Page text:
There’s No Place Like Home For The Holidays
There’s No Place Like Home For The Holidays

There’s No Place Like Home For The Holidays

There’s no place like home for the holidays.

Countless singers have said these words, originally made famous by the great Perry Como, and while the song may have only been penned in 1954, it expresses a sentiment much, much older. There is no place like home for the holidays—a feeling men, women, and children have shared for ages, across many nations, creeds, and faiths.

For too many children in the Commonwealth, the holidays are a reminder of what they lack—the simple stability and dauntless love of a stable home and a forever family. But many families in Virginia and beyond who were joined by adoption this year are celebrating their first holiday season together. For some, this may be a first child; for others, it may be a joyous addition to an already-large clan—but whatever the circumstances, it is cause for celebration.

Consider Deb Lowe, a former foster parent who now works for DePaul as a residential coordinator for Developmental Disabilities. While she and her new daughter, Rebecca, were lucky enough to spend the last holiday season together during a trial placement, this year will be their first season as a family brought together not only by law, but by love.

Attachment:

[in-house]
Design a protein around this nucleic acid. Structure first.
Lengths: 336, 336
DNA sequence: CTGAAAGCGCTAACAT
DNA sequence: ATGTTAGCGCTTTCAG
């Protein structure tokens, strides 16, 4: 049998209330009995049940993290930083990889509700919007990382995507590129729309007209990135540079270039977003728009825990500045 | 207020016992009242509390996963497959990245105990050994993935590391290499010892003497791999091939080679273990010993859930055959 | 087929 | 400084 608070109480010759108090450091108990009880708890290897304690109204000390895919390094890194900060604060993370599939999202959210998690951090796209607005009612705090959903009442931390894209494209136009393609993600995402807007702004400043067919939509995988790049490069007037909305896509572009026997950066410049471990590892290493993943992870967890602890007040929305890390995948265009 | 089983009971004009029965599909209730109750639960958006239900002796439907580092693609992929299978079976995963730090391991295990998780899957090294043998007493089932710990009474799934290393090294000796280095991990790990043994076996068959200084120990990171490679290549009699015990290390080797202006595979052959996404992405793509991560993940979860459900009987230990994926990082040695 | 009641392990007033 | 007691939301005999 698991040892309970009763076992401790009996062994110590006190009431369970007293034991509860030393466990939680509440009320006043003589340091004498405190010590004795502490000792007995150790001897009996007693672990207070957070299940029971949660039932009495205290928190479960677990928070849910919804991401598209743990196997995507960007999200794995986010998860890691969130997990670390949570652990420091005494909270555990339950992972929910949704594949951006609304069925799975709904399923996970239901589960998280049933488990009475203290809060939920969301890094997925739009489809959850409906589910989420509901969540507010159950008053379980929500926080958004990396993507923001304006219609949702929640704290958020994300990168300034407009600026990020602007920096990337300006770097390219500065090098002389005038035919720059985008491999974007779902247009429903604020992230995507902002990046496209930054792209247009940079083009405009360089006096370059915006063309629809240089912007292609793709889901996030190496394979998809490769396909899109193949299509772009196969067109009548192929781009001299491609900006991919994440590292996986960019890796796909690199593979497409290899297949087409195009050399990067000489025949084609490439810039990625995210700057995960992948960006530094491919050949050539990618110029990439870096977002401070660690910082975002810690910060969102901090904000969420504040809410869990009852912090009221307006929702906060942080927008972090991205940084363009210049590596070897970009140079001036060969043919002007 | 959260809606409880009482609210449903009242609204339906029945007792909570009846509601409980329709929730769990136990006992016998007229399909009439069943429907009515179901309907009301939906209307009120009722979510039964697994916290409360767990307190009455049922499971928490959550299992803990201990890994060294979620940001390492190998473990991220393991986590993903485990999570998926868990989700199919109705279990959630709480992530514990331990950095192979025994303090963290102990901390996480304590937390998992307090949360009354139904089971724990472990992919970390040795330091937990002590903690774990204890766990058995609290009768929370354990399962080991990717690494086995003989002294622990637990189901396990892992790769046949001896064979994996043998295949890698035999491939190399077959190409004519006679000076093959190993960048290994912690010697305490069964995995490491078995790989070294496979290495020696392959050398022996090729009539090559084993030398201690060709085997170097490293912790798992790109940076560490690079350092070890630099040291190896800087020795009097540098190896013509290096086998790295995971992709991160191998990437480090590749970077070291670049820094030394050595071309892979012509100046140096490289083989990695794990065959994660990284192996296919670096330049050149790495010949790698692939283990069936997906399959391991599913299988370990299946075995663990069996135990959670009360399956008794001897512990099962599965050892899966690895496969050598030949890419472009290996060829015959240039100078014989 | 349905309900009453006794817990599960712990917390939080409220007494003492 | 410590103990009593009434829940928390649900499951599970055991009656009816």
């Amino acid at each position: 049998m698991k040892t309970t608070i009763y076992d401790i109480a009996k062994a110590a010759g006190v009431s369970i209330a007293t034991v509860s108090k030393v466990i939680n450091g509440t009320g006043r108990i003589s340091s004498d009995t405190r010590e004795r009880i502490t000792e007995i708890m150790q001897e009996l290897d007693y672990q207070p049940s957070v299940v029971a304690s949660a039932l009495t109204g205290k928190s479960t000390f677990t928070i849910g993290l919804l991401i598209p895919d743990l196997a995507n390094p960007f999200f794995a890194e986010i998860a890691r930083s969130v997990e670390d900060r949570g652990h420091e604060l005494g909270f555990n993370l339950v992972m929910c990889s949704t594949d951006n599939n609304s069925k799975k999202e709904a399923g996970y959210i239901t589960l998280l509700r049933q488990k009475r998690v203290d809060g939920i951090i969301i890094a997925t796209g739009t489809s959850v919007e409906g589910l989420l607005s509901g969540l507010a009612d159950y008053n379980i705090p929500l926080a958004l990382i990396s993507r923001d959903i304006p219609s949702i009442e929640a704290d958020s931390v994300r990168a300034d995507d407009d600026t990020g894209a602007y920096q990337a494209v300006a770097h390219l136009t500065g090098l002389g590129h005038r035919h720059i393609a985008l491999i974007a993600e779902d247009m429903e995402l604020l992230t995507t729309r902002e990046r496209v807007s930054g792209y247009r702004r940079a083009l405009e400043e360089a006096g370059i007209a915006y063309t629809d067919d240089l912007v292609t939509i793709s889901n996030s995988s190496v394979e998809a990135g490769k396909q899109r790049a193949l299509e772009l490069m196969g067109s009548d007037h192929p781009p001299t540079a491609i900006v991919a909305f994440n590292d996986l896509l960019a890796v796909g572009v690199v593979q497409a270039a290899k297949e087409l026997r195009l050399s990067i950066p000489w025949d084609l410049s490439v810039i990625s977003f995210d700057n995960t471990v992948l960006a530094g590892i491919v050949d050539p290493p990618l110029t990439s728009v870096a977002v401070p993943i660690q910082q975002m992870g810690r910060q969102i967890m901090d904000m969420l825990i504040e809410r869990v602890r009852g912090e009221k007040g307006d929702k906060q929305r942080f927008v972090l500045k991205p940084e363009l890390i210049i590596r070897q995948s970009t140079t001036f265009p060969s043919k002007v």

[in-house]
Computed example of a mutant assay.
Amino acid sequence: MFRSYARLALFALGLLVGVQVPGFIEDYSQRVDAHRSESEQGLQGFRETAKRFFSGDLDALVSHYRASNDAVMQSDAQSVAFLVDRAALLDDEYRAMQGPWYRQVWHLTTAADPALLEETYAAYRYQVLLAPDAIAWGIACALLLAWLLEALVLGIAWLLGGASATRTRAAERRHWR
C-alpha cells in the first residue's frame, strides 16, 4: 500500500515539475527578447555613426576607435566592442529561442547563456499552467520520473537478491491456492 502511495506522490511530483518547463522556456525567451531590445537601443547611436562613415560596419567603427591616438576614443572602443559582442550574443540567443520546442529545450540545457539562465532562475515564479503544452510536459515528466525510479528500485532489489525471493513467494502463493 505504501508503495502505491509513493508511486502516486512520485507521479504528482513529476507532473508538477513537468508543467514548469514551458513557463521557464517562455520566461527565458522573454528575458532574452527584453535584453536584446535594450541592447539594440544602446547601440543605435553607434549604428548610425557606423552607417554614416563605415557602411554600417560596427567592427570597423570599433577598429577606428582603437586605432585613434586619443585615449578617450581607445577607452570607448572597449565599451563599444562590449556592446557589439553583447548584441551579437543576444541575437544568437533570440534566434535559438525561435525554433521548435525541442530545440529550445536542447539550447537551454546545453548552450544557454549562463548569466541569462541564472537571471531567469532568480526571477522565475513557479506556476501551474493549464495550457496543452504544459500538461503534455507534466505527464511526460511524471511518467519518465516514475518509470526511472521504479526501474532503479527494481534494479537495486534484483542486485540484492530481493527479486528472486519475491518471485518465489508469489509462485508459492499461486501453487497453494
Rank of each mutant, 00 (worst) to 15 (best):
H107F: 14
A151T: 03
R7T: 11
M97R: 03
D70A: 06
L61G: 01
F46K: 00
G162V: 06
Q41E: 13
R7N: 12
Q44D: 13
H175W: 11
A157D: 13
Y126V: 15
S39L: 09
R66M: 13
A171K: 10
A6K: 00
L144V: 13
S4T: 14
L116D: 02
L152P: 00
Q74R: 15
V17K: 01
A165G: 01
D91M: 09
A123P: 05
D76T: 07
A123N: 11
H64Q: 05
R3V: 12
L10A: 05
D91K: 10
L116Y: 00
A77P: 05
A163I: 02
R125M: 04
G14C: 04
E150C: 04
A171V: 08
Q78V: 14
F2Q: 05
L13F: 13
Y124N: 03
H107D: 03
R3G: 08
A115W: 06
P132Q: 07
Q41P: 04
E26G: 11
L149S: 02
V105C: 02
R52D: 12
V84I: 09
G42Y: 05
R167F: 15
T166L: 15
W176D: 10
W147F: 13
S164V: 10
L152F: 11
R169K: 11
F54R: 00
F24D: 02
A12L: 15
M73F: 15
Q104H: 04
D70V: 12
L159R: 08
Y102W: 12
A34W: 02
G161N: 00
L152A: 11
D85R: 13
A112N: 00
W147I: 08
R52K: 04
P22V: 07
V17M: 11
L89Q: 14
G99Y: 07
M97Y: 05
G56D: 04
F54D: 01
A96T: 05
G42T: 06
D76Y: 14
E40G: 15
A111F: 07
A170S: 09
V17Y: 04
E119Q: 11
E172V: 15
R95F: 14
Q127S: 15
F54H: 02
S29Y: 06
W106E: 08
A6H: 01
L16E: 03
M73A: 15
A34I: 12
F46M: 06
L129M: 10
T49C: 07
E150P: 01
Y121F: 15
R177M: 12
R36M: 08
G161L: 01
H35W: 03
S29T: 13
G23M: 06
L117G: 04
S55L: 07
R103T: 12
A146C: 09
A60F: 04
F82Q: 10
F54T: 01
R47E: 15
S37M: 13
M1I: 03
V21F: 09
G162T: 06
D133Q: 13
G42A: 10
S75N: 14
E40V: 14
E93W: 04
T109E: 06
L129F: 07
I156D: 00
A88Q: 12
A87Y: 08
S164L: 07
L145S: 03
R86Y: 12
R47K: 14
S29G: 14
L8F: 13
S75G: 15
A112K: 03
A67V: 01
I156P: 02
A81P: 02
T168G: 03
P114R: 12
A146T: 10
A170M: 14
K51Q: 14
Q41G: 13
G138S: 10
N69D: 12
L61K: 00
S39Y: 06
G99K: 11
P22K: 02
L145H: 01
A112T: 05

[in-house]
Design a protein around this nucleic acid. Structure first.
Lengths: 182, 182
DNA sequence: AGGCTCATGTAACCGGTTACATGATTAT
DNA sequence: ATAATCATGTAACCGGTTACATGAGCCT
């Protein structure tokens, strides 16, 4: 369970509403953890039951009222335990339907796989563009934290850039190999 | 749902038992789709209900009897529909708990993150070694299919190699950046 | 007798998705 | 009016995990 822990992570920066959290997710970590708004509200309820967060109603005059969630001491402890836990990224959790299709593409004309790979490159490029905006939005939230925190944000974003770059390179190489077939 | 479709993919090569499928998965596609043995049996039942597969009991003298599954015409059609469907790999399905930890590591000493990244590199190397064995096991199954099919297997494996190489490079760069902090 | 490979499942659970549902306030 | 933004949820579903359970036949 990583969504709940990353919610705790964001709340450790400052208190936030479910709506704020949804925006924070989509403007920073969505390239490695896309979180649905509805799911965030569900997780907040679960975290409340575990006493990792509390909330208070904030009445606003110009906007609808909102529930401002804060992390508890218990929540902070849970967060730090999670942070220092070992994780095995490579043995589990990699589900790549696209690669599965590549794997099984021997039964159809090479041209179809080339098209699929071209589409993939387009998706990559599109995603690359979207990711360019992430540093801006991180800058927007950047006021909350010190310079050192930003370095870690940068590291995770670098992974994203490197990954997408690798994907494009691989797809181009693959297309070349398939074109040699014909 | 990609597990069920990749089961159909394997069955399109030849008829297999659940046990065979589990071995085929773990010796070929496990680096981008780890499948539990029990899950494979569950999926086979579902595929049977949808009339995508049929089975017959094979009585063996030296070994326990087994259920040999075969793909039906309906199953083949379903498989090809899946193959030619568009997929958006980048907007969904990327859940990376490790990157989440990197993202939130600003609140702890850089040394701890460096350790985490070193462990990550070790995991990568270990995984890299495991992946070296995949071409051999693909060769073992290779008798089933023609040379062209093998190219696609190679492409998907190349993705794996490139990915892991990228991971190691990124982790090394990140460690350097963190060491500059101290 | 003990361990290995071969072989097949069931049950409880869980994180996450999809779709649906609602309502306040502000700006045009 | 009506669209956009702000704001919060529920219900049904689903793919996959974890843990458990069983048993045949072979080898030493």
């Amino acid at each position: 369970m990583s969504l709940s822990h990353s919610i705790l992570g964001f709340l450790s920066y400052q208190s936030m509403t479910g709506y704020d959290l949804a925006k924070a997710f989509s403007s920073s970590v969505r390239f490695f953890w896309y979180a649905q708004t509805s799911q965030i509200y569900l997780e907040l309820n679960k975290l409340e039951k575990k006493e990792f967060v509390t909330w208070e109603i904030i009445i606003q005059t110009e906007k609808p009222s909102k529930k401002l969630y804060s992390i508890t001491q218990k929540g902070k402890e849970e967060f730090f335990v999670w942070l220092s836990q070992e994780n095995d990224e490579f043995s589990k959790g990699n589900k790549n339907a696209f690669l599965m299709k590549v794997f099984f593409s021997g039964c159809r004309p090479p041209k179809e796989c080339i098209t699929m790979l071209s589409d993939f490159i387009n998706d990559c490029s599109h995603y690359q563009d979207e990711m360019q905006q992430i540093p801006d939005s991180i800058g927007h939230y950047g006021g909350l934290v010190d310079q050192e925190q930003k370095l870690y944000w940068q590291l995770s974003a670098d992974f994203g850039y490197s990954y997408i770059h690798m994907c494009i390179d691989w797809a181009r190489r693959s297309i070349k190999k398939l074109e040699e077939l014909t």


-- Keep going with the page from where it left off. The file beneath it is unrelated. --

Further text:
“I wasn’t expecting her,” Deb said of Rebecca. At the time, Deb was focused on foster care. “But then I saw her and her picture, and I knew she had to be in my life.”

This is a common refrain for adoptive parents—parents like Lisa and Jim Agnes. With four biological children of their own, the couple had long ago decided to foster because Lisa herself had been part of the foster care system. But when they met Cam—a special young man who’d bounced from home to home, never finding the right family to call his own—they asked themselves a simple question:

“If not us, who?”

They asked themselves the same question a few months ago, when they found Cam’s brother, Nick, with DePaul, and finalized his own adoption into their family at the start of November. Both boys share an older brother, now out of the foster care system, who often joins in family events.

With the holidays fast approaching, the Agneses are looking forward to sharing traditions new and old with their ever-expanding family—Thanksgiving with relatives in New Jersey, an advent calendar where each “daily treat” is a way that they can join together and give back to the community, and an inspiring message for the holiday season:

“We’ve been a bigger family for a while, and we always saw the greatest gift in the holidays as being able to spend time together,” says Jim. In addition to a family trip a little later in the year—a belated gift for all to share and enjoy—each child also receives “something they want, something they need, something to wear, and something to read.”

“Most of all,” Jim says, “I’m thankful for Nick’s adoption, and for Cam’s, and for all that each of them brought to our lives.”

The spirit of tradition is alive and well for Deb and Rebecca as well. “We baked last year,” she said, laughing, “and ended up getting in an icing fight”—an impromptu celebration that she fully expects to continue this year.

For both families and others like them, the holidays are made bigger and brighter by the addition of a son or daughter, and the chance to give the greatest gift of all: a forever family, filled with hope and belonging.